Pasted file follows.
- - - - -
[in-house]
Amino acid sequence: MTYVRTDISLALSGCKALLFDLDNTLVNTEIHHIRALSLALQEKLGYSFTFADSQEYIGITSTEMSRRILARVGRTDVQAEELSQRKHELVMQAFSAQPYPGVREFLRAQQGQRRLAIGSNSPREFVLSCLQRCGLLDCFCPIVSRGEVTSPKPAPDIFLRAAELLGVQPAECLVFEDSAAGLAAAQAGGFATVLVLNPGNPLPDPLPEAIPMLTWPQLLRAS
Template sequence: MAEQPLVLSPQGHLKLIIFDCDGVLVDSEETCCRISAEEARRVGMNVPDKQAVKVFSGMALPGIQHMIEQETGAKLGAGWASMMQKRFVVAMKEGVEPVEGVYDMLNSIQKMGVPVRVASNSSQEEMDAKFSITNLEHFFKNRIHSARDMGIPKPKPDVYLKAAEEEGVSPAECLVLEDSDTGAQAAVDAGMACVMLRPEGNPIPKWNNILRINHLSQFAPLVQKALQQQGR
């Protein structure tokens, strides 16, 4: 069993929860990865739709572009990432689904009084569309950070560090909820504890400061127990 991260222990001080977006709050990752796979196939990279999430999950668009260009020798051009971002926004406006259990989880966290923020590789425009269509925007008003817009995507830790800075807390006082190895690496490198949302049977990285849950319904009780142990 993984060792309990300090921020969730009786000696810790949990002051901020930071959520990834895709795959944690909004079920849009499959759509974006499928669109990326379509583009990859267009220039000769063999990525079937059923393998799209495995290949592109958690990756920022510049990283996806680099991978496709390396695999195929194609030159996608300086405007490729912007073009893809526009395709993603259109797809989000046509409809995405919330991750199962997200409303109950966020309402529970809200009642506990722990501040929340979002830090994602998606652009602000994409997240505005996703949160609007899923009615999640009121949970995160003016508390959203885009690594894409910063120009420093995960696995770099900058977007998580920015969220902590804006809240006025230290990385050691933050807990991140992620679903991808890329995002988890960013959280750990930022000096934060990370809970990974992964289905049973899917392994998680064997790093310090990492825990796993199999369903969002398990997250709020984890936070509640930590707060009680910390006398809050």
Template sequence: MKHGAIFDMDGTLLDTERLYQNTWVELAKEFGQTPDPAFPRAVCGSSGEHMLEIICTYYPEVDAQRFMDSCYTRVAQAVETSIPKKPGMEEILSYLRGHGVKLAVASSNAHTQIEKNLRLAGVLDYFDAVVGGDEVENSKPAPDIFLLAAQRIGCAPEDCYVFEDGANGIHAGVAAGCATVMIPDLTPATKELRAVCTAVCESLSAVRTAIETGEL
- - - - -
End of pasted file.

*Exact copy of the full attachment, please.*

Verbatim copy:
[in-house]
Amino acid sequence: MTYVRTDISLALSGCKALLFDLDNTLVNTEIHHIRALSLALQEKLGYSFTFADSQEYIGITSTEMSRRILARVGRTDVQAEELSQRKHELVMQAFSAQPYPGVREFLRAQQGQRRLAIGSNSPREFVLSCLQRCGLLDCFCPIVSRGEVTSPKPAPDIFLRAAELLGVQPAECLVFEDSAAGLAAAQAGGFATVLVLNPGNPLPDPLPEAIPMLTWPQLLRAS
Template sequence: MAEQPLVLSPQGHLKLIIFDCDGVLVDSEETCCRISAEEARRVGMNVPDKQAVKVFSGMALPGIQHMIEQETGAKLGAGWASMMQKRFVVAMKEGVEPVEGVYDMLNSIQKMGVPVRVASNSSQEEMDAKFSITNLEHFFKNRIHSARDMGIPKPKPDVYLKAAEEEGVSPAECLVLEDSDTGAQAAVDAGMACVMLRPEGNPIPKWNNILRINHLSQFAPLVQKALQQQGR
């Protein structure tokens, strides 16, 4: 069993929860990865739709572009990432689904009084569309950070560090909820504890400061127990 991260222990001080977006709050990752796979196939990279999430999950668009260009020798051009971002926004406006259990989880966290923020590789425009269509925007008003817009995507830790800075807390006082190895690496490198949302049977990285849950319904009780142990 993984060792309990300090921020969730009786000696810790949990002051901020930071959520990834895709795959944690909004079920849009499959759509974006499928669109990326379509583009990859267009220039000769063999990525079937059923393998799209495995290949592109958690990756920022510049990283996806680099991978496709390396695999195929194609030159996608300086405007490729912007073009893809526009395709993603259109797809989000046509409809995405919330991750199962997200409303109950966020309402529970809200009642506990722990501040929340979002830090994602998606652009602000994409997240505005996703949160609007899923009615999640009121949970995160003016508390959203885009690594894409910063120009420093995960696995770099900058977007998580920015969220902590804006809240006025230290990385050691933050807990991140992620679903991808890329995002988890960013959280750990930022000096934060990370809970990974992964289905049973899917392994998680064997790093310090990492825990796993199999369903969002398990997250709020984890936070509640930590707060009680910390006398809050």
Template sequence: MKHGAIFDMDGTLLDTERLYQNTWVELAKEFGQTPDPAFPRAVCGSSGEHMLEIICTYYPEVDAQRFMDSCYTRVAQAVETSIPKKPGMEEILSYLRGHGVKLAVASSNAHTQIEKNLRLAGVLDYFDAVVGGDEVENSKPAPDIFLLAAQRIGCAPEDCYVFEDGANGIHAGVAAGCATVMIPDLTPATKELRAVCTAVCESLSAVRTAIETGEL